11/03/2009 - 22:00

Framework facilitates innovation growth

11/03/2009 - 22:00


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True business innovation relies more on hard work than a flash of genius (part one of a two-part feature).

AS the great management guru Peter Drucker pointed out, innovation is "organised, systematic, rational work". It generally relies much less on a flash of genius and much more on the ability to deliver new sources of value to end customers by changing the wealth-producing potential of already existing resources.

The key to innovation lies in thinking creatively about how to serve customers better. It involves the ability to convert creative ideas into new, highly competitive sources of customer value. Innovation based directly on the commercialisation of an invention is relatively rare.

Some of the most successful innovations apply or combine existing elements in different ways to produce unique customer benefits. Examples include Apple iPod, YouTube, Star Alliance and Starbucks. Once the focus of innovation is on the end customer, every element in the design and delivery of the added value chain becomes a potential opportunity for innovation. Ironically, service and experience innovation - easily the biggest generators of wealth-producing added value - are the areas most neglected by R&D communities and the innovation industry.

The 'integrated innovation framework' is a seven-step innovation process embedded within high-performing teams. Without a pre-existing commitment to high-performance team leadership, it is naïve for organisations to even consider building an innovation culture.

The '7Es' process begins with the exploration phase and culminates with the execution of the implementation strategy.

Of course, it is never a neat, sequential process. For example, it may be the case that, soon after a successful launch, the search for even more effective solutions is maintained. However, each of the 7Es steps is an essential ingredient in a systematic well-managed, low-risk innovation.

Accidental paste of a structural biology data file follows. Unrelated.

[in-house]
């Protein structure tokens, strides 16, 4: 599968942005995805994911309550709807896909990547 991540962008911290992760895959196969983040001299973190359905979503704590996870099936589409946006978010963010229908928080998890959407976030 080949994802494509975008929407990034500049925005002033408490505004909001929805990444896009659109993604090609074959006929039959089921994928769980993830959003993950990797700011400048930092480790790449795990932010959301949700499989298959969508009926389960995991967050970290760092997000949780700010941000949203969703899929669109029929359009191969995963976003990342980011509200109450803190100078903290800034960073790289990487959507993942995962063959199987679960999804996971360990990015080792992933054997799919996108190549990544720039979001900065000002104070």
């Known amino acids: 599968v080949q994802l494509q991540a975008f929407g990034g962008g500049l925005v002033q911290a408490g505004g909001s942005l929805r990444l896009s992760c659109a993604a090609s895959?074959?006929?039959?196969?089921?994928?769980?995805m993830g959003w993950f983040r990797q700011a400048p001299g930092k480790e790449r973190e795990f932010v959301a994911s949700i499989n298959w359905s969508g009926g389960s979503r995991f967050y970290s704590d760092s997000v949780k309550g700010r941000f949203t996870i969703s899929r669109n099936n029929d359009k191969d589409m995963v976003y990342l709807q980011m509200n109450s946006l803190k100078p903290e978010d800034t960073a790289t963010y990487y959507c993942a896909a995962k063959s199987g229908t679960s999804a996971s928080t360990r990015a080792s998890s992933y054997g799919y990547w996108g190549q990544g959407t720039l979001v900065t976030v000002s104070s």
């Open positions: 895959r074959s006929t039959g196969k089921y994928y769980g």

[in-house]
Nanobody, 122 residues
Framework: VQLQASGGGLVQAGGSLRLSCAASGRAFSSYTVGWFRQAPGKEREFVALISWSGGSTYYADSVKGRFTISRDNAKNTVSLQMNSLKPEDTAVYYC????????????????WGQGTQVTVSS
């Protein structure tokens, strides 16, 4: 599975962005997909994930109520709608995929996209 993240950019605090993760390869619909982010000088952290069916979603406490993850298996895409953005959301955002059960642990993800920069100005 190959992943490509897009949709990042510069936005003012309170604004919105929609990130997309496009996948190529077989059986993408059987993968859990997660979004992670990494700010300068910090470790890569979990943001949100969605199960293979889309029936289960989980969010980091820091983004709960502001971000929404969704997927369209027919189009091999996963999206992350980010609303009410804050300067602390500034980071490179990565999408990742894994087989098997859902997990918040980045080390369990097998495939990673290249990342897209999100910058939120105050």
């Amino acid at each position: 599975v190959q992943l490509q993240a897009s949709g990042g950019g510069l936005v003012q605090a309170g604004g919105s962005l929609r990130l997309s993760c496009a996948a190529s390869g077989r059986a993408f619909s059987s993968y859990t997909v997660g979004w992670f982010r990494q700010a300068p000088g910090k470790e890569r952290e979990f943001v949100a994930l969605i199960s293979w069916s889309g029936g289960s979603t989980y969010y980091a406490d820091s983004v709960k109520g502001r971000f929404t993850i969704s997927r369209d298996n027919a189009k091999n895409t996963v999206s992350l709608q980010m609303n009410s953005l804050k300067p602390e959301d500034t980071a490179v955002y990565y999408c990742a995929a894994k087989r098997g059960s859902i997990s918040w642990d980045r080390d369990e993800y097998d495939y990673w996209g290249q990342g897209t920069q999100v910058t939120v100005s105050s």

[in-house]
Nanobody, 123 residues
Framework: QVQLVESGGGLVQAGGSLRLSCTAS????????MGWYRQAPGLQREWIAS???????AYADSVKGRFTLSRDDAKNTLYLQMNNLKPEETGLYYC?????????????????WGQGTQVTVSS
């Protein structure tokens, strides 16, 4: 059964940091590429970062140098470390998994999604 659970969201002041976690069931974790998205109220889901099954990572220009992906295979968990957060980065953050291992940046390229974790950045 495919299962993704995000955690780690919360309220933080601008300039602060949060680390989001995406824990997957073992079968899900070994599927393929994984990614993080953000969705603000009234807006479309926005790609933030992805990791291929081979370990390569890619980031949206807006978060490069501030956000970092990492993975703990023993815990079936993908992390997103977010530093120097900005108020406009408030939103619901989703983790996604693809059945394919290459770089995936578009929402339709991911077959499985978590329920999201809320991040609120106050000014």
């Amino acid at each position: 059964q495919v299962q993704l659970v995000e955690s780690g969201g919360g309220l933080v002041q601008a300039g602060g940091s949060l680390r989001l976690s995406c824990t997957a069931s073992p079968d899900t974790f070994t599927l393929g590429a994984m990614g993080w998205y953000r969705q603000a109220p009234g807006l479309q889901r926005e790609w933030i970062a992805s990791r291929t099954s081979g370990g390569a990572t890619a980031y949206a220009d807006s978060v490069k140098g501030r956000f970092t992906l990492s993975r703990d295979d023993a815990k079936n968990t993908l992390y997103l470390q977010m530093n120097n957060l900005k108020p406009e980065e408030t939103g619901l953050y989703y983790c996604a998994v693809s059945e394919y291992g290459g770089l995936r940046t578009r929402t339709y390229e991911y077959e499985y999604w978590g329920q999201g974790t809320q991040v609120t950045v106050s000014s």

- Explore by generating and vetting ideas from a wide variety of internal and external sources.

- Evaluate by assessing and prioritising options, making a selection and giving feedback.

- Extend by involving and co-opting partners and opinion leaders and progressively demonstrating small wins.

- Experiment by designing, testing, demonstrating and reviewing a prototype or pilot study.

- Engage by winning the management support for a proposed business model.

- Evangelise by publicising, showcasing, celebrating and involving all stakeholders.

- Execute by implementing the business model including launch and marketing strategies.

Australian company Cochlear is a classic case study that offers an instructive demonstration of how this framework works in practice.

Cochlear is a medical technology business with a long-standing mission to help the hearing impaired.

Despite humble beginnings, today it produces the world's most successful hearing implant. Based in Sydney, the company has a presence in more than 100 countries and has approximately 2,000 employees around the world. As global leader in its field, its market share is around 70 per cent.

The inspiration for Cochlear goes back to the 1960s and lies in the passion and pioneering research of Graeme Clark. As a young ear, nose and throat specialist in Melbourne, the deafness of Professor Clark's father drove him to explore ways of overcoming hearing impairment. Despite resistance from his peers, he persevered.

Perhaps because of the need to win over his opponents, Professor Clark was extremely careful to evaluate his experiments with the utmost rigour.

The idea of a bionic ear evolved progressively through the integration of research from numerous disciplines. Apart from audiology and surgery, these included biology, psychophysics, speech science, and electro-chemistry. Professor Clark consolidated and extended his research while undertaking a doctorate after becoming chair of a new department at the University of Melbourne. This included partnering with a leading expert in sound quality and a small local company conducting pioneering research on heart pacemakers.